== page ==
The tech legacy of tracking the Jan. 6 insurrectionists

In the weeks after the Jan. 6, 2021, insurrection, law enforcement agencies and internet sleuths identified hundreds of people who stormed the U.S. Capitol. Many were later arrested or faced consequences at their jobs or in their communities.

Authorities used a variety of technologies to speed up that process, which was needed because there were millions of images, videos, messages, social media posts and bits of location data to parse.

Anjana Susarla is professor of responsible artificial intelligence and information systems at Michigan State University and has been studying the role that tech, especially image recognition, is playing in the ongoing search for suspects. The following is an edited transcript of our conversation.

Anjana Susarla: I would say that a lot of facial recognition, but more broadly, even image recognition techniques have been deployed. There have been examples where someone’s wearing a T-shirt with a logo, and people were able to trace that logo to, let’s say, a specific coffee shop in, say, North Carolina. So a lot of sophisticated digital fingerprinting analysis of social media posts, even hotel and Airbnb stays, even evidence came from dating sites like Bumble, when folks posted pictures of themselves during the insurrection, so women were able to take screenshots and alert the FBI.

Kimberly Adams: How much do you think AI and this online detective work contributed to these positive identifications and eventually arrests of people?

Susarla: Artificial intelligence helps us filter through — if you will — a whole lot of different images. And then the final step is human intelligence. You want to see it as a triumph of surveillance techniques, then it absolutely is. Each of our phones are really like very sophisticated tracking devices, records from apps that people have used. And so I think the FBI subpoenaed records from, you know, everyone from Apple to there was writing sites like Parler, but there’s also mobile phone records. So there is a very intimate portrait we can create of what they did, where they stayed, where they went after they participated in the events of Jan. 6.

Adams: You said it’s a sort of triumph for surveillance technology. Is that a good or a bad thing?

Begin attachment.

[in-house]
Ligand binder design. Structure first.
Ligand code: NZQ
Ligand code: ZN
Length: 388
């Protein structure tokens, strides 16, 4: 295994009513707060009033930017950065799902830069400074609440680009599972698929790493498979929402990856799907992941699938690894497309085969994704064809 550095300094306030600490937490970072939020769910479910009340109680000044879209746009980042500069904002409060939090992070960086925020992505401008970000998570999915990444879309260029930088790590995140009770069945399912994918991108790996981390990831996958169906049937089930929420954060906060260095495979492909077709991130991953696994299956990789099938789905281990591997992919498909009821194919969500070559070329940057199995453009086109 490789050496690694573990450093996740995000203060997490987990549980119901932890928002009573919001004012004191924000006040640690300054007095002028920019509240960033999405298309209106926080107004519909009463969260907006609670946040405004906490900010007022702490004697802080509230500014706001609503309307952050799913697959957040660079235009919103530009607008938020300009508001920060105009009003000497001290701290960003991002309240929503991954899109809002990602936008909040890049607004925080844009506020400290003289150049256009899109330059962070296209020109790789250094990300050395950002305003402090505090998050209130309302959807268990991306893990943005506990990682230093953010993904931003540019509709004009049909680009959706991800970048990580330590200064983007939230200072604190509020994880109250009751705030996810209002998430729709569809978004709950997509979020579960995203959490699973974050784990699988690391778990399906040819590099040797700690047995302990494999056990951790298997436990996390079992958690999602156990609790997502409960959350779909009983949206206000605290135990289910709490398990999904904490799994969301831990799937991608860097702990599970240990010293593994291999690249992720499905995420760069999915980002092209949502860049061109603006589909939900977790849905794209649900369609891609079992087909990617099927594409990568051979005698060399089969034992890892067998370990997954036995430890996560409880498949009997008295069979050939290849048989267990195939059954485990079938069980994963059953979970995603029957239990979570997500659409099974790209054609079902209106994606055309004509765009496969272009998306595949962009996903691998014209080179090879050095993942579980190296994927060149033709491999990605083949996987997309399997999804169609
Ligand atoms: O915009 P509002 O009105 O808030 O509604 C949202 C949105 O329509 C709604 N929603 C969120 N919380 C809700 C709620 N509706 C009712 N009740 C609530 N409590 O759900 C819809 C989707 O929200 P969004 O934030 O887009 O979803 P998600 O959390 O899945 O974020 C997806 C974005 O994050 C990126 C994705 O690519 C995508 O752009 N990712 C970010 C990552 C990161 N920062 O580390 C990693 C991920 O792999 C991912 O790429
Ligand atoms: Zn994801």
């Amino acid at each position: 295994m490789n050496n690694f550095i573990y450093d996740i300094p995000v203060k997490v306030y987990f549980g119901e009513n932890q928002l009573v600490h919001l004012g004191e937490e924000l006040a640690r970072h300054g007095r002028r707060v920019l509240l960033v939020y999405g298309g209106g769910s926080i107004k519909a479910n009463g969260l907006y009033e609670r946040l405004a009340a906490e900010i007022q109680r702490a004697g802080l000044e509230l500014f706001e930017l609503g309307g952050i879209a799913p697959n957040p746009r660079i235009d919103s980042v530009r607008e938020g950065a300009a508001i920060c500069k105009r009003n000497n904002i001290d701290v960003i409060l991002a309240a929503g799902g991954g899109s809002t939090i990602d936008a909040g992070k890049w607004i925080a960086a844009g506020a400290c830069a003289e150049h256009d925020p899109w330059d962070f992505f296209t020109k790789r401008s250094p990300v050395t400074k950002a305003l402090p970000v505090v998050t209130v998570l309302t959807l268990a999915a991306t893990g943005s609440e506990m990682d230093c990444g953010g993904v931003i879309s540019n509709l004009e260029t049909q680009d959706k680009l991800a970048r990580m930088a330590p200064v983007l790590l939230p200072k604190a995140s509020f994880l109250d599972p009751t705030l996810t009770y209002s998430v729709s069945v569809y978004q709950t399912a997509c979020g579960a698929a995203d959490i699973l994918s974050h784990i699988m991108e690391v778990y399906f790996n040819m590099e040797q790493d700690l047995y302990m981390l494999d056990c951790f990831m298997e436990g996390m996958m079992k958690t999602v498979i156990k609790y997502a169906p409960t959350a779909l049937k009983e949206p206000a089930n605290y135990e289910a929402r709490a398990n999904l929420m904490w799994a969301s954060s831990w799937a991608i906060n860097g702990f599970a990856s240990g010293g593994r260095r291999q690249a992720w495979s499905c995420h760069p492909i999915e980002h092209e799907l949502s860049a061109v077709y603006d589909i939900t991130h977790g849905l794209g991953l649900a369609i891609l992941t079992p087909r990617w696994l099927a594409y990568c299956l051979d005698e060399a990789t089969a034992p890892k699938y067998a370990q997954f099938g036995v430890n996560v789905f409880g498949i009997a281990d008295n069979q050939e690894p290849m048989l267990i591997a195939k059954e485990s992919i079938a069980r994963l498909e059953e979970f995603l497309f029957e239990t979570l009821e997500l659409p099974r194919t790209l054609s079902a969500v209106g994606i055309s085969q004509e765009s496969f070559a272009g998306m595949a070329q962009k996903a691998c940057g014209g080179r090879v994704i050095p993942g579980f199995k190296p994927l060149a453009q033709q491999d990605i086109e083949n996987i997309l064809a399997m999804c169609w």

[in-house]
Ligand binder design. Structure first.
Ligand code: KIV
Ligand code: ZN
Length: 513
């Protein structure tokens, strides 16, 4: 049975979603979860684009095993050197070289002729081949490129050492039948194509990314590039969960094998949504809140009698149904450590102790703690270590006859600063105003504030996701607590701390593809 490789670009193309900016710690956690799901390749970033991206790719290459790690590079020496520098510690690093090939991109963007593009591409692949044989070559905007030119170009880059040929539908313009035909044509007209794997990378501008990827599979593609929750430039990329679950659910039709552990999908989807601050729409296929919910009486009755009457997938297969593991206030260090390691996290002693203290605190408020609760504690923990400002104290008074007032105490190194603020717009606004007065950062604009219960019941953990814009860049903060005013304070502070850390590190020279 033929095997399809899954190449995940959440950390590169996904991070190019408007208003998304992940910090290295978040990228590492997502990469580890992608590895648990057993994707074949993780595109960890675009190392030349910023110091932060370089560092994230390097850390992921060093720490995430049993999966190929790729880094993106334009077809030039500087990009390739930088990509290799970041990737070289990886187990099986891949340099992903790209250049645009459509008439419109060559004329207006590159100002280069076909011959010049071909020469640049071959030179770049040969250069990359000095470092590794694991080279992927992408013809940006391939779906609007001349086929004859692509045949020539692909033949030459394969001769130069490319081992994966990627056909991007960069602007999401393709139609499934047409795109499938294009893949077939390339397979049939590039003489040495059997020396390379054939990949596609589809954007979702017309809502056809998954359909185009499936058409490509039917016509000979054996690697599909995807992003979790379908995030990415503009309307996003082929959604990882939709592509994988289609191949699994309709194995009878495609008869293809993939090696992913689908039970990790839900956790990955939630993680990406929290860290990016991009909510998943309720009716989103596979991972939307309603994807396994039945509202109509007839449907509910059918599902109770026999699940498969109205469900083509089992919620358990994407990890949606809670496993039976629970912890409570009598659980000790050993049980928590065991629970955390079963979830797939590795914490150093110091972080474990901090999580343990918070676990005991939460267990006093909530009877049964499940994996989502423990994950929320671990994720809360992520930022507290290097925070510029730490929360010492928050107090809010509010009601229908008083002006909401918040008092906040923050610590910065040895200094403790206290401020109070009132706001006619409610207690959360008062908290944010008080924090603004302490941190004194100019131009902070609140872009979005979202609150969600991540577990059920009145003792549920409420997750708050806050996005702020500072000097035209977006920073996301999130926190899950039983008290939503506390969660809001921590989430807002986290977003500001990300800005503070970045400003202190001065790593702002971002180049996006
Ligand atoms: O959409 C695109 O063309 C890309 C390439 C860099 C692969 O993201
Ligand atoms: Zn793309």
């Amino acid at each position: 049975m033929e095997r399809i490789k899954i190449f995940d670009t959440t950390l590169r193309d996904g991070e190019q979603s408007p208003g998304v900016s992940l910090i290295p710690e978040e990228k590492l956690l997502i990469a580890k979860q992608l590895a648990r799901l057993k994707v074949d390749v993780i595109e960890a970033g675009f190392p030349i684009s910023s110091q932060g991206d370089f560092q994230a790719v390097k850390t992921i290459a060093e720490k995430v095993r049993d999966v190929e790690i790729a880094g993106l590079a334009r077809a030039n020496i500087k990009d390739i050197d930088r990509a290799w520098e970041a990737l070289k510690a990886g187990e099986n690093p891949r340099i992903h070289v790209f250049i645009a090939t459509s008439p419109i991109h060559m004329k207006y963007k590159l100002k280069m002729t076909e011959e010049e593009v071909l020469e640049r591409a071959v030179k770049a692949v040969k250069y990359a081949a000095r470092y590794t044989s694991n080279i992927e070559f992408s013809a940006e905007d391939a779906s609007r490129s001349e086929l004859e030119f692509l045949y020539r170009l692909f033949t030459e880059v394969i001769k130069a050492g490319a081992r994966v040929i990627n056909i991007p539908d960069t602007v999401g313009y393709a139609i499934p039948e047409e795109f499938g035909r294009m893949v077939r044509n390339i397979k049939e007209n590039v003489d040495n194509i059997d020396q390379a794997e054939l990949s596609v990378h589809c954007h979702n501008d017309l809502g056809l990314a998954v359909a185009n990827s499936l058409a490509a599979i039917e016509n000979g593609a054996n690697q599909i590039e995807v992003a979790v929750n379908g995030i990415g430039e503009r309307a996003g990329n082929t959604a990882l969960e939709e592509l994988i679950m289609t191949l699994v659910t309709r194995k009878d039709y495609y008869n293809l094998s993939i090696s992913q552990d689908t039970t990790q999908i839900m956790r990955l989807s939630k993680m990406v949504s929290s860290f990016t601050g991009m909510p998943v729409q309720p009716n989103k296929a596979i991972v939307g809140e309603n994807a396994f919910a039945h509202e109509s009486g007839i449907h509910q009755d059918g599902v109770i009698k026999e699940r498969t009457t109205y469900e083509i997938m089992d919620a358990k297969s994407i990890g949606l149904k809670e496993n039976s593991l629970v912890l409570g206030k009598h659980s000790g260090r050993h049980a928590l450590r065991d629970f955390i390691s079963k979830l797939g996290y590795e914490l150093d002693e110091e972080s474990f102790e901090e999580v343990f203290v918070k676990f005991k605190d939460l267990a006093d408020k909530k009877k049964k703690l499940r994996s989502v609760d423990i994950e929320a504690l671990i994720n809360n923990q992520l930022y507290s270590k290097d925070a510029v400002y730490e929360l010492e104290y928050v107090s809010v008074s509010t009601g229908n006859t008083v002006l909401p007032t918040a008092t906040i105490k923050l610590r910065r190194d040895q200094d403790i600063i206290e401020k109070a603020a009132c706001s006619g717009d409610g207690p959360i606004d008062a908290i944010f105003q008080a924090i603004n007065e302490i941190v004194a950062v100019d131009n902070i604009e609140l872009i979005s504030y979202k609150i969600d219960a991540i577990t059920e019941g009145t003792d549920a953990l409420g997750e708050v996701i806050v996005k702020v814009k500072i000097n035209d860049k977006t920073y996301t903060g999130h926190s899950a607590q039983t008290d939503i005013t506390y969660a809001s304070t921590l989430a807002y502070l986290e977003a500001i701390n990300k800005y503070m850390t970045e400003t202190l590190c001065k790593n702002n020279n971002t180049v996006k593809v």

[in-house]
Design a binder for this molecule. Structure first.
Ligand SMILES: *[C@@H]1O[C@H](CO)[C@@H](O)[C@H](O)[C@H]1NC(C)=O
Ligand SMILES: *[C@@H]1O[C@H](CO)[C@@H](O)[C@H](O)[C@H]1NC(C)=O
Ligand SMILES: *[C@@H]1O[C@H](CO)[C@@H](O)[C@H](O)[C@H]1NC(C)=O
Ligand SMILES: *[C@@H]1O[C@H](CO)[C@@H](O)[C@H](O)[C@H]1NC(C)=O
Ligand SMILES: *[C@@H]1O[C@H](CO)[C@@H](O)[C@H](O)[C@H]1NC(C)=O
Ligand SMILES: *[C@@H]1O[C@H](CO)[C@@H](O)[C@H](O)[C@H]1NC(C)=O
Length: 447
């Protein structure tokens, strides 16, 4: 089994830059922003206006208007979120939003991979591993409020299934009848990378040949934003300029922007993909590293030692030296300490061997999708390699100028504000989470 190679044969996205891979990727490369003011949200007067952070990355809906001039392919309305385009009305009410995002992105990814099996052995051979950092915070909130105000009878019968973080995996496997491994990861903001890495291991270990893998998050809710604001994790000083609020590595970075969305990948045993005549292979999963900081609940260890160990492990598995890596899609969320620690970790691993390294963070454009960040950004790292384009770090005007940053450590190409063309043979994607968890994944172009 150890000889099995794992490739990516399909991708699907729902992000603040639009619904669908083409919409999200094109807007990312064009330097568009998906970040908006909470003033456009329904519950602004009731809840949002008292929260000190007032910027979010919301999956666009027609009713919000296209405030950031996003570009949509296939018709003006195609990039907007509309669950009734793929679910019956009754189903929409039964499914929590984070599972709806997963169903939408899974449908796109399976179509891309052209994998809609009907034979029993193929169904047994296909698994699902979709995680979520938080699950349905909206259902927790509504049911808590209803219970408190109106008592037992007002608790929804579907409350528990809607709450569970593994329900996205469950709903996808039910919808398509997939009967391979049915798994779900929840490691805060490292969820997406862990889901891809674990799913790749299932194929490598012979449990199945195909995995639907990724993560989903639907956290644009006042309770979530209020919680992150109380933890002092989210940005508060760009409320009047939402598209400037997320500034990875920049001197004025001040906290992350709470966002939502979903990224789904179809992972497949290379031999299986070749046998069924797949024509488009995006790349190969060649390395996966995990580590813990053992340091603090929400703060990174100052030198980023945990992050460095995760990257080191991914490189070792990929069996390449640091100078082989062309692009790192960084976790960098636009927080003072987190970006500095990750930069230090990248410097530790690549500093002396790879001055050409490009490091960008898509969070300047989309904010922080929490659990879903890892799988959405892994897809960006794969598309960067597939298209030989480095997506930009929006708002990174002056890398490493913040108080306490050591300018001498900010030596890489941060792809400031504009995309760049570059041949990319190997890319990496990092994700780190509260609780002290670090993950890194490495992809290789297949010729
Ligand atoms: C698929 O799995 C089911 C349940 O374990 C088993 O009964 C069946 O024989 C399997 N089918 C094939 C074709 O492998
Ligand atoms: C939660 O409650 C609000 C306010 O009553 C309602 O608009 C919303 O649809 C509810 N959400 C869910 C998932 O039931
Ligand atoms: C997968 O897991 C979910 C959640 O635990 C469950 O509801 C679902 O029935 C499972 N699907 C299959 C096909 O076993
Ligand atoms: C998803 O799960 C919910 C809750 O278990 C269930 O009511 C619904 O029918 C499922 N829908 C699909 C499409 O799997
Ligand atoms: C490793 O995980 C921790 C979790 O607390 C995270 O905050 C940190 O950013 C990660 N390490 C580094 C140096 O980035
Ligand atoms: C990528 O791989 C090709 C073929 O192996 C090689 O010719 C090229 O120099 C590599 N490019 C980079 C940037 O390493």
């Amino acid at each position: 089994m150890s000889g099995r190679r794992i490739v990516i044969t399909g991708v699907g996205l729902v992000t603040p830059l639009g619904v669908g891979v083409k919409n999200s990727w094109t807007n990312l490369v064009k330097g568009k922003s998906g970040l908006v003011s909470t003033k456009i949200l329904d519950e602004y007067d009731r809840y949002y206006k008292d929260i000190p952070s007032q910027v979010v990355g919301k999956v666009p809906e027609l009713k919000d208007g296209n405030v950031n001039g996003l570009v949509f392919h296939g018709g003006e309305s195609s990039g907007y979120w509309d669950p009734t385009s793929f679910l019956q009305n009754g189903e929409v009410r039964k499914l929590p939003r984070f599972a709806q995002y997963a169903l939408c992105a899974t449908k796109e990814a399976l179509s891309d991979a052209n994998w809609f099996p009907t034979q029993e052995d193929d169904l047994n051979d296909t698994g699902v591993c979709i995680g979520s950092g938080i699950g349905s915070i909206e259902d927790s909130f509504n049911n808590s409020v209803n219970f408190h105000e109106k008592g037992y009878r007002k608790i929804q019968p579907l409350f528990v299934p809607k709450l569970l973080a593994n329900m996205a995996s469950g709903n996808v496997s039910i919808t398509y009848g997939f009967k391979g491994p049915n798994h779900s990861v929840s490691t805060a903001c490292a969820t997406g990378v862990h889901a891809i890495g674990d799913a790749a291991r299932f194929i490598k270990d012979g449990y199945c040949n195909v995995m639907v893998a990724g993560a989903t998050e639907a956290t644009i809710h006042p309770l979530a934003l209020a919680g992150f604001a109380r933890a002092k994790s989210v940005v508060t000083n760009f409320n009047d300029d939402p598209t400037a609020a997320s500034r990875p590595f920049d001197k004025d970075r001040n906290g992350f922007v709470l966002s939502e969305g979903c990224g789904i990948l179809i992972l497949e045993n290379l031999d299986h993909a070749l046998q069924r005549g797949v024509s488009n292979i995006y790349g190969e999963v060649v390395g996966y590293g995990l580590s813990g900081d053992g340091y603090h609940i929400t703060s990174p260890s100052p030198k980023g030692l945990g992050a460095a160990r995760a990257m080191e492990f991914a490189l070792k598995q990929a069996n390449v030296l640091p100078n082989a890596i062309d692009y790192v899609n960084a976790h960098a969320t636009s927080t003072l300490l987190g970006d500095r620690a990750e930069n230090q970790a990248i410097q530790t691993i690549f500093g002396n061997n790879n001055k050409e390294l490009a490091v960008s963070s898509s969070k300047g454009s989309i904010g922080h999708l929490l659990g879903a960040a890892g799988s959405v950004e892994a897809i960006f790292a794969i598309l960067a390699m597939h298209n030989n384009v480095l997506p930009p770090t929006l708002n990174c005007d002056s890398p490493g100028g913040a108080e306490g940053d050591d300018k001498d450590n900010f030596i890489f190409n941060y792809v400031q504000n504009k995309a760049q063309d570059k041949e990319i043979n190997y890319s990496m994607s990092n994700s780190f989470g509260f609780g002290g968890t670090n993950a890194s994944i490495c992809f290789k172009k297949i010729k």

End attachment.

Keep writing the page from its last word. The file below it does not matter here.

Susarla: It definitely raises all these questions of what happens when police departments everywhere are using these same methods. [Facial recognition technology company] Clearview AI reported the 26% increase in usage among police departments. What it means is it essentially changes social media and all the online digital fingerprinting that is possible. So that raises the question of, you know, what’s the civil rights implications of all these technologies?

Adams: Coming back to that human intelligence part of this, it feels like Jan. 6 happened at something of a unique tech moment where we had this AI available, people on social media and a lot of people at home because of the pandemic who maybe traditionally might not have had that much time on their hands. What did the moment at which Jan. 6 occurred sort of in the arc of technological development mean for how this all played out?

Susarla: You know, it definitely comes at an important moment in our history where we are doing everything online. And we leave traces of our lives, so much of our lives online. And the digital platforms also control a lot of what we see because of the methods that are used for how they recommend posts for us or trending posts or how they curate content for us. So, in that sense, I think this is a moment that fundamentally changes maybe our relationship with algorithms and the world we live in. You have police departments can use Clearview AI, but me sitting at home can also go and use some of the same methods and work with other people using social media. So does that mean we get a little bit more control back as individuals? I’m not quite sure.

Adams: How would you describe the tech legacy of Jan. 6?

Susarla: Well, increased reliance on facial recognition, definitely increased surveillance techniques. And this also raises some issues about how we are monitoring hate speech online and the content filters. Facebook, for example, some of the civic filters, they look at activity in any group over a seven-day period, and they will declassify something as a hate group if no hate speech is posted on a seven-day period, but that’s maybe inadequate because group dynamics may be different and how people communicate may be different.

Related links: More insight from Kimberly Adams

That detail Susarla mentioned about Facebook’s content filters — The Verge wrote about it during coverage of “The Facebook Files” leaked by Frances Haugen.

While many focused on social media platforms like Parler as playing a key role leading up to the attack, The Washington Post reports that Facebook also played a “critical role” in spreading the misinformation that fueled the riot. According to the report, there were at least 650,000 posts on the site between Election Day and Jan. 6 attacking the legitimacy of the 2020 election. That’s about 10,000 a day.

And like the professor said, tech helped people weed through the millions of images and videos that are helping authorities find and prosecute the people who raided the Capitol, but the final step is human intelligence.

The Huffington Post is among several outlets that have profiled people who’ve come to be known as sedition hunters.

The tech legacy of tracking the Jan. 6 insurrectionists